7 Signs You're Emotionally Burnt Out

Are you emotionally burnt out? According to Psychologist, emotional burnout is defined as a negative psychological state that may manifest physical, behavioral, and cognitive symptoms that impair our normal functioning and cause us severe distress. Are you wondering if you could be emotionally burnt out? Or are you looking for advice on how to recover from emotional burnout, how to manage stress, or how to avoid burnout? Stress is an inevitable part of life that we all have to deal with from time to time. It’s normal to feel exhaustion when you feel pressured or overwhelmed. However, when stress gets out of hand and becomes too much for us to cope with, then it begins to put your mental health at risk. So, we’ve made this video to help you be more aware of the signs you’re emotionally burnt out.

If you relate to this video and you’re looking for tips on how to detox your emotional wellbeing, we have a video about that too: https://youtu.be/PAestsXAWsw

Writer: Chloe Avanasa
Script Editor: Kelly Soong
VO: Amanda Silvera
Animator: Naphia
YouTube Manager: Cindy Cheong

If you have any topic requests or stories to share with us, feel free to email us at editorial@psych2go.net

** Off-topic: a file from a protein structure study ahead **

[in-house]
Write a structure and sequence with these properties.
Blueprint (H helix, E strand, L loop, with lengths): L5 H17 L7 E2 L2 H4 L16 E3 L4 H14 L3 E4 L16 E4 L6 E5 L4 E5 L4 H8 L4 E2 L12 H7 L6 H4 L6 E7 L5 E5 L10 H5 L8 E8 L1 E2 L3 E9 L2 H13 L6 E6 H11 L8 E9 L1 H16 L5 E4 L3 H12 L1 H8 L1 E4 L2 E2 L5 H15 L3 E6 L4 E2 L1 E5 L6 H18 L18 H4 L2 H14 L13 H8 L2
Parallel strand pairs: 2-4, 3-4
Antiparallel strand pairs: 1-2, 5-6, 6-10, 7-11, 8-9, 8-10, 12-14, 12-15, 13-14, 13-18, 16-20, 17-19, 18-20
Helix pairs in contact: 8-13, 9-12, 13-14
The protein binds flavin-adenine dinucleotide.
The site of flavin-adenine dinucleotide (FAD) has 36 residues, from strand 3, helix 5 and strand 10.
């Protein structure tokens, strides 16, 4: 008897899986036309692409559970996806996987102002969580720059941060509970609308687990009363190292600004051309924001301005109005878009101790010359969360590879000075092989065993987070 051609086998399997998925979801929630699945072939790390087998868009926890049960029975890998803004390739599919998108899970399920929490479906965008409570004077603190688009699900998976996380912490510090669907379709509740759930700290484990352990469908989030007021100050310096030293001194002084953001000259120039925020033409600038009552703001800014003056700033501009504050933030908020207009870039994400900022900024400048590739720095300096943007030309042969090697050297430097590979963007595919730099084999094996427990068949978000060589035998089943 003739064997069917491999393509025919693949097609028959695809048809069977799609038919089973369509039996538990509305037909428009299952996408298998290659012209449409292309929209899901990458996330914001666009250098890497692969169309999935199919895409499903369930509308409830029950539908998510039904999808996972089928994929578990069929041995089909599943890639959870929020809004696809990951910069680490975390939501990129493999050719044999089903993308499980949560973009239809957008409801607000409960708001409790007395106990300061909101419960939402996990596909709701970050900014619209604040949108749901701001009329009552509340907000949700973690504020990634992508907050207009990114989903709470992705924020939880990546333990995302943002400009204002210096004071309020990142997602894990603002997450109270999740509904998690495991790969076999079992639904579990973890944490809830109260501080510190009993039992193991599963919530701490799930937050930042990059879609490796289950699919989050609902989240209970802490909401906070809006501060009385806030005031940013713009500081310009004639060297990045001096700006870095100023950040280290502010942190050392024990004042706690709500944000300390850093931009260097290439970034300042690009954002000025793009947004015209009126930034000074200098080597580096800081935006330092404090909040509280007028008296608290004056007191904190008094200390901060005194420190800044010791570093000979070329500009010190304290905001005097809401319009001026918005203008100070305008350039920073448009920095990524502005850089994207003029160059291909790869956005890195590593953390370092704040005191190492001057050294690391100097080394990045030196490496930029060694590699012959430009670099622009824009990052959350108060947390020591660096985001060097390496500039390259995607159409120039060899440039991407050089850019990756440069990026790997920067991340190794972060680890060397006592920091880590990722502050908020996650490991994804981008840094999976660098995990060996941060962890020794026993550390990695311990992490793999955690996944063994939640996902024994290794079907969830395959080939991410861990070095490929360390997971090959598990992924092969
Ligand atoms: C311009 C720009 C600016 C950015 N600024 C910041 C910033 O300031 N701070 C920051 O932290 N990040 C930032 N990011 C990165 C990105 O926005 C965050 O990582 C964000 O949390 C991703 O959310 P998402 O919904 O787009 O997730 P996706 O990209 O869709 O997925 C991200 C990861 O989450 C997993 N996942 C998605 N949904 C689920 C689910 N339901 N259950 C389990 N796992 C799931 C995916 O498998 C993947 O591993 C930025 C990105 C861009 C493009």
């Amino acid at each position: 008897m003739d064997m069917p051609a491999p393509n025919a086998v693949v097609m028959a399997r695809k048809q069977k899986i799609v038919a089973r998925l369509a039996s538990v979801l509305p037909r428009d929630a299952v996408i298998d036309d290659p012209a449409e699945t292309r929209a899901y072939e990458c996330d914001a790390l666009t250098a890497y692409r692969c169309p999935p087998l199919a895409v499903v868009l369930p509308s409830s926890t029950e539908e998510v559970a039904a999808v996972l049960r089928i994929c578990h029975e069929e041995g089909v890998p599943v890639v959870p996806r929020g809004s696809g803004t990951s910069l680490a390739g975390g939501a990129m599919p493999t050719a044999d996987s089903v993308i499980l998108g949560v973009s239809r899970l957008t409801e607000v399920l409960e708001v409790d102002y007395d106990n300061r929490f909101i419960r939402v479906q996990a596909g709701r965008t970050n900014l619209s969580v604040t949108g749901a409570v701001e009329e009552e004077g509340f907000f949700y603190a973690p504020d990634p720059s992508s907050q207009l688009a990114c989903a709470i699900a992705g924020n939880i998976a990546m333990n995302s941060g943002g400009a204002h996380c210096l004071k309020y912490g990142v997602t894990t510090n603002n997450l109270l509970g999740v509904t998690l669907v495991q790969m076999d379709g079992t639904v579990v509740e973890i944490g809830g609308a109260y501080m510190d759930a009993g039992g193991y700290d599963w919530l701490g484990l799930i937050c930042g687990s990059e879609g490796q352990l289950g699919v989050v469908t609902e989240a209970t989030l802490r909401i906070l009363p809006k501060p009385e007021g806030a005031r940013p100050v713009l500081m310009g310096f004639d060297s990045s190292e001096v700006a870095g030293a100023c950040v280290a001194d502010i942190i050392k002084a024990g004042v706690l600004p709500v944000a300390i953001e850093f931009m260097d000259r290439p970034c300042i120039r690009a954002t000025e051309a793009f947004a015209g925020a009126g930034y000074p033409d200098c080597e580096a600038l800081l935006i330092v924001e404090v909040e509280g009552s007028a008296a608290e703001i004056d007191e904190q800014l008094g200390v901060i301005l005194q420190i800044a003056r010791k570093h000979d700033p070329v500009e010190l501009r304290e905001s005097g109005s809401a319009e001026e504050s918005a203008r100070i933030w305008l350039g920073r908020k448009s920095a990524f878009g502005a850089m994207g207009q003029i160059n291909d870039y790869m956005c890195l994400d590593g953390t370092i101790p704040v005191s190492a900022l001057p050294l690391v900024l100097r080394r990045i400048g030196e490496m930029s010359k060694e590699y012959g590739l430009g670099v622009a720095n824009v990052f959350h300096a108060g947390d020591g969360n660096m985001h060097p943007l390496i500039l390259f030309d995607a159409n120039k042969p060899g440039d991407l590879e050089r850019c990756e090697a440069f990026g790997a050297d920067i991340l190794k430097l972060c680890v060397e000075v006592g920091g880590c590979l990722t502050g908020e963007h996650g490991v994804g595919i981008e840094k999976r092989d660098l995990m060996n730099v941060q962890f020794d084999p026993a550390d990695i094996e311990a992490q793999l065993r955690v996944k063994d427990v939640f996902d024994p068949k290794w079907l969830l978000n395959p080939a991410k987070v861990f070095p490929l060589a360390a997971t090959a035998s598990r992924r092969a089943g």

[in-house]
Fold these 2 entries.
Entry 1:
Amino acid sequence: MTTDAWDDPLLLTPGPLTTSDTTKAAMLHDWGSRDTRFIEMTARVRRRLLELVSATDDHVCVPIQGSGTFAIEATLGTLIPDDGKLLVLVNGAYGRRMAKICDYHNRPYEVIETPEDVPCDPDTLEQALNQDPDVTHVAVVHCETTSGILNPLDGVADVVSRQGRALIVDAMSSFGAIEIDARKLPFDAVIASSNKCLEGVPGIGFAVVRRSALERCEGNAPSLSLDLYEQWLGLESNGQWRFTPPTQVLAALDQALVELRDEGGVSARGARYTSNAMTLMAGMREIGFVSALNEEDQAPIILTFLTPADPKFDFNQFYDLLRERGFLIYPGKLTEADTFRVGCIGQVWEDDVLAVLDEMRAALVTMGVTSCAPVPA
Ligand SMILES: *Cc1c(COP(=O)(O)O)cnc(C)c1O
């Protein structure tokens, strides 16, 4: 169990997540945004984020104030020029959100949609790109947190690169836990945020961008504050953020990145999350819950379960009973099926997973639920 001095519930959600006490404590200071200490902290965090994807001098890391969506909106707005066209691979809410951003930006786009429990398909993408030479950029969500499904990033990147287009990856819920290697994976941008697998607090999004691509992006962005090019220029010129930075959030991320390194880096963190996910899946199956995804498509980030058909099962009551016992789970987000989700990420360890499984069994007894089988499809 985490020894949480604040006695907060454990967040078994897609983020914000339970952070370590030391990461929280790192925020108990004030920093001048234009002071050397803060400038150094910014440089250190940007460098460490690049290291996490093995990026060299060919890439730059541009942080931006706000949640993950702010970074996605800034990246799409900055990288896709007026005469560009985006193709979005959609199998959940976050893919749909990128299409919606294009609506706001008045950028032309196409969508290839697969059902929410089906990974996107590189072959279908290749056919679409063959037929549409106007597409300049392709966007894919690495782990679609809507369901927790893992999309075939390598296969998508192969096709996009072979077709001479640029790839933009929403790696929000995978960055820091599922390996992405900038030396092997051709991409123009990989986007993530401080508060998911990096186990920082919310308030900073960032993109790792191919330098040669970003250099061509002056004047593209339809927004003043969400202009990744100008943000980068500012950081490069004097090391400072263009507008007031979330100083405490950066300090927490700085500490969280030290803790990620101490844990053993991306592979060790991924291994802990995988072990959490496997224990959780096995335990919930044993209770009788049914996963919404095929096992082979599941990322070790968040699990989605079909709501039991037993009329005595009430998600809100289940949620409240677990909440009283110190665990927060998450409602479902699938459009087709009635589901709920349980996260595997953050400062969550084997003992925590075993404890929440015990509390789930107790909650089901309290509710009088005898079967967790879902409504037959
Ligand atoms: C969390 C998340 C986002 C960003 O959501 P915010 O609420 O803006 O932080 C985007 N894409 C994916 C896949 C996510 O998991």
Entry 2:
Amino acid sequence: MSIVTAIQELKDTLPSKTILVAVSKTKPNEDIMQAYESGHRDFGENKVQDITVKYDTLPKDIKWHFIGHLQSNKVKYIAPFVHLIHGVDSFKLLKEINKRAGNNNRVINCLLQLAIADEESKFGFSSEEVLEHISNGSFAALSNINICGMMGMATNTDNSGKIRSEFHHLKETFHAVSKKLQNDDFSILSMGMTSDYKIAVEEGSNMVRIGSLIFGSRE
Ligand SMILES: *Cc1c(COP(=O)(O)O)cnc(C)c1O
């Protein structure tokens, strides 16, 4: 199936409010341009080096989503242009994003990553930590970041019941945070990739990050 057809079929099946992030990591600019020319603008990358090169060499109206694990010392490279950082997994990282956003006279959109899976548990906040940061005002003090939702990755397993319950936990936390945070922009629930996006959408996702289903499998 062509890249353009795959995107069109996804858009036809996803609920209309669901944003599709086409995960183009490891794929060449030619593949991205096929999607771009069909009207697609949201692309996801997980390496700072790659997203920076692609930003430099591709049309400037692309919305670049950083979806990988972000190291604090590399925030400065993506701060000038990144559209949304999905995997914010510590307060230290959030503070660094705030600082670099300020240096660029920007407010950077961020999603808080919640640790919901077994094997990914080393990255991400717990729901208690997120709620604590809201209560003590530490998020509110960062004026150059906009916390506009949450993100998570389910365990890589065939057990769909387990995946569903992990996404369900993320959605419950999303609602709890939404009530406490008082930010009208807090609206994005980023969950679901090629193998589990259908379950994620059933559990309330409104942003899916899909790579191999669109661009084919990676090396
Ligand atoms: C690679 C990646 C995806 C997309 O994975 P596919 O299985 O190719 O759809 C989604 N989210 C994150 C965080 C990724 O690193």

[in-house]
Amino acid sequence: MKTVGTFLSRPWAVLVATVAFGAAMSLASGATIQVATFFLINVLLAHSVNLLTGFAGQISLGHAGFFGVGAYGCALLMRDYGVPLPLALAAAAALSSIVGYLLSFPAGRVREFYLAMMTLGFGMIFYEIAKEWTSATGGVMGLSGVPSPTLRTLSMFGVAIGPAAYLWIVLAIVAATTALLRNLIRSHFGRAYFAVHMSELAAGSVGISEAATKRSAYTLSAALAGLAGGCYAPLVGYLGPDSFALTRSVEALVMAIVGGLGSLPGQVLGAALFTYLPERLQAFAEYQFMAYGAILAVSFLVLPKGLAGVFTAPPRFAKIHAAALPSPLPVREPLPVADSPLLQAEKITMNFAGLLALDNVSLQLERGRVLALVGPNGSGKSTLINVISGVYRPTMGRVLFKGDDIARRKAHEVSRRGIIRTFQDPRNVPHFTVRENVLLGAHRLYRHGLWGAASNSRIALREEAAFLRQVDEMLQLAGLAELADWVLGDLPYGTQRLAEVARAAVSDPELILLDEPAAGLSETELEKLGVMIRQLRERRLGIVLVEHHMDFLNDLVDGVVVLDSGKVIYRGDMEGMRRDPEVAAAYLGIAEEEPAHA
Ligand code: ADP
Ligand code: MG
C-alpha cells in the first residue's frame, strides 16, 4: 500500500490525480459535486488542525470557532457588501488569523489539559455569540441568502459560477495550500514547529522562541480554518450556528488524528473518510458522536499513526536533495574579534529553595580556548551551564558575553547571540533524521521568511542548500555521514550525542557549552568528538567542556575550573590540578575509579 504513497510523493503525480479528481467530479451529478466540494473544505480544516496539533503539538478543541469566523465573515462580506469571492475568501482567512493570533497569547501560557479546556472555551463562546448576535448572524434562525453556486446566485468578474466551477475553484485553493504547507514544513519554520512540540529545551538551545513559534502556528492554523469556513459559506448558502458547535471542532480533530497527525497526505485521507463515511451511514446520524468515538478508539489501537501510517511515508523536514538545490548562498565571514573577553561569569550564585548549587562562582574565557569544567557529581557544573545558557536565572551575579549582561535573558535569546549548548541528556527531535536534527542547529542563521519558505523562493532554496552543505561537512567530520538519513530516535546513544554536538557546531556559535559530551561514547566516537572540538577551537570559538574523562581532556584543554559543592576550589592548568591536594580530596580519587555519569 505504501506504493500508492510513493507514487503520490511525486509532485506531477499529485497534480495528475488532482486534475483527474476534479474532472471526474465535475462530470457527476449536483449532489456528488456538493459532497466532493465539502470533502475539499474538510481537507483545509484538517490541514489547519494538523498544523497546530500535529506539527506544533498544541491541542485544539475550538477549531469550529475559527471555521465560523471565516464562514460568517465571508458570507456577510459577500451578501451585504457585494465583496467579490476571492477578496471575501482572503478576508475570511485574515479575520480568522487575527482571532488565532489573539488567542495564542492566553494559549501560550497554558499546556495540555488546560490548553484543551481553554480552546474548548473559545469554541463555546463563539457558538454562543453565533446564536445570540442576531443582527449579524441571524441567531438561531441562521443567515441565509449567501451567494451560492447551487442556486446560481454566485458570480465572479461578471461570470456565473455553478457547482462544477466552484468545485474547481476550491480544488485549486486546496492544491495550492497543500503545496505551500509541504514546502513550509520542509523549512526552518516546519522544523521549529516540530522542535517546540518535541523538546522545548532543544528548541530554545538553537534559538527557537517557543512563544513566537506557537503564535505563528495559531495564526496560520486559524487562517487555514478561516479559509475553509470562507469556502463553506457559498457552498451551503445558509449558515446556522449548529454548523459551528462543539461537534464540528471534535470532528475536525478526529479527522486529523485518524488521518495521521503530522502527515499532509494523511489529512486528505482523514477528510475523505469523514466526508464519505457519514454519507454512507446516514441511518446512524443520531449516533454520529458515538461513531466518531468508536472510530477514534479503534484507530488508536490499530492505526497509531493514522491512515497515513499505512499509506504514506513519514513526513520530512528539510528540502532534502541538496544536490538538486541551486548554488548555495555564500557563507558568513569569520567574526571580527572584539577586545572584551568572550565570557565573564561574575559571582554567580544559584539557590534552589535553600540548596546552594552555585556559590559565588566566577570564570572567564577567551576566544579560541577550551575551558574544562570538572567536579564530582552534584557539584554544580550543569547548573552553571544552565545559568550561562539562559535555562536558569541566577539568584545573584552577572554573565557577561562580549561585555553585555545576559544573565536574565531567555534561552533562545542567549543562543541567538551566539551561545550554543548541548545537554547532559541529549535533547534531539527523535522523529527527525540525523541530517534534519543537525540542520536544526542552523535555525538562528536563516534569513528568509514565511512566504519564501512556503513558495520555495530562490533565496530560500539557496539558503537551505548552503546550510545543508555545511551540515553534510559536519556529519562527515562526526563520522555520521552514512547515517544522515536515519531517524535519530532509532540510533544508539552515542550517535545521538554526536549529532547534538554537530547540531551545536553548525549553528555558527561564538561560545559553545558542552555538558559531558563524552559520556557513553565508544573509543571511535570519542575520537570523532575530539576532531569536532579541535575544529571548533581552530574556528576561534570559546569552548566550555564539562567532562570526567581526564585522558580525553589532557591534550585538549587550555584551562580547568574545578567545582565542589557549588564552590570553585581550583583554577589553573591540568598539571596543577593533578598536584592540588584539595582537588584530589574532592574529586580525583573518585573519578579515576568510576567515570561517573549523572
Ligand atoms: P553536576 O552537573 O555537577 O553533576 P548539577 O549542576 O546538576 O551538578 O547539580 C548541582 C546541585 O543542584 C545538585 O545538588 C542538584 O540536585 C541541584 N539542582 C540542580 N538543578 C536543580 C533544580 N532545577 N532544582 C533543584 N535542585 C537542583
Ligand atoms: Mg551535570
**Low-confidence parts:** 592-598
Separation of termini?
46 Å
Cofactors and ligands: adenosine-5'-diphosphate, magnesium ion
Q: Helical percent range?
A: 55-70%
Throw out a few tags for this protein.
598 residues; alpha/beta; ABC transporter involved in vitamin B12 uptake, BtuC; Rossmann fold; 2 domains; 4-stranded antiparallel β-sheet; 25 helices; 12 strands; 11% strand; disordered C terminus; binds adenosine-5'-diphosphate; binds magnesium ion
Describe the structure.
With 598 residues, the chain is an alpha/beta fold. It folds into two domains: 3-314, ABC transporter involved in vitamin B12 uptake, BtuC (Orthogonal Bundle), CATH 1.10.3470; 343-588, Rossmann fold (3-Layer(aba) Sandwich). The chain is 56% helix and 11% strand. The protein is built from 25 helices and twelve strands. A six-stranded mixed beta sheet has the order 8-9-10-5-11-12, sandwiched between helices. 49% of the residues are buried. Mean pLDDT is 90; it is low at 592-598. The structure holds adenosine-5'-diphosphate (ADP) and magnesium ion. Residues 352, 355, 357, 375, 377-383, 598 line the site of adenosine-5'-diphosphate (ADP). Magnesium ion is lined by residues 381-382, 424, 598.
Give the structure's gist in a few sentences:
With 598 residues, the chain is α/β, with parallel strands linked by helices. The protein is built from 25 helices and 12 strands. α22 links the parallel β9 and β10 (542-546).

References:

Leiter, M. P., Bakker, A. B., & Maslach, C. (Eds.). (2014). Burnout at work: A psychological perspective. Psychology Press.

Polivy, J., & Herman, C. P. (2005). Mental health and eating behaviours: a bi-directional relation. Canadian Journal of Public Health/Revue Canadienne de Sante’e Publique, S43-S46.

Bianchi, R., Schonfeld, I. S., & Laurent, E. (2015). Burnout–depression overlap: A review. Clinical psychology review, 36, 28-41.

Greenglass, E., Fiksenbaum, L., & Burke, R. J. (1996). Components of social support, buffering effects and burnout: Implications for psychological functioning. Anxiety, stress, and coping, 9(3), 185-197.

Cropanzano, R., Rupp, D. E., & Byrne, Z. S. (2003). The relationship of emotional exhaustion to work attitudes, job performance, and organizational citizenship behaviors. Journal of Applied psychology, 88(1), 160.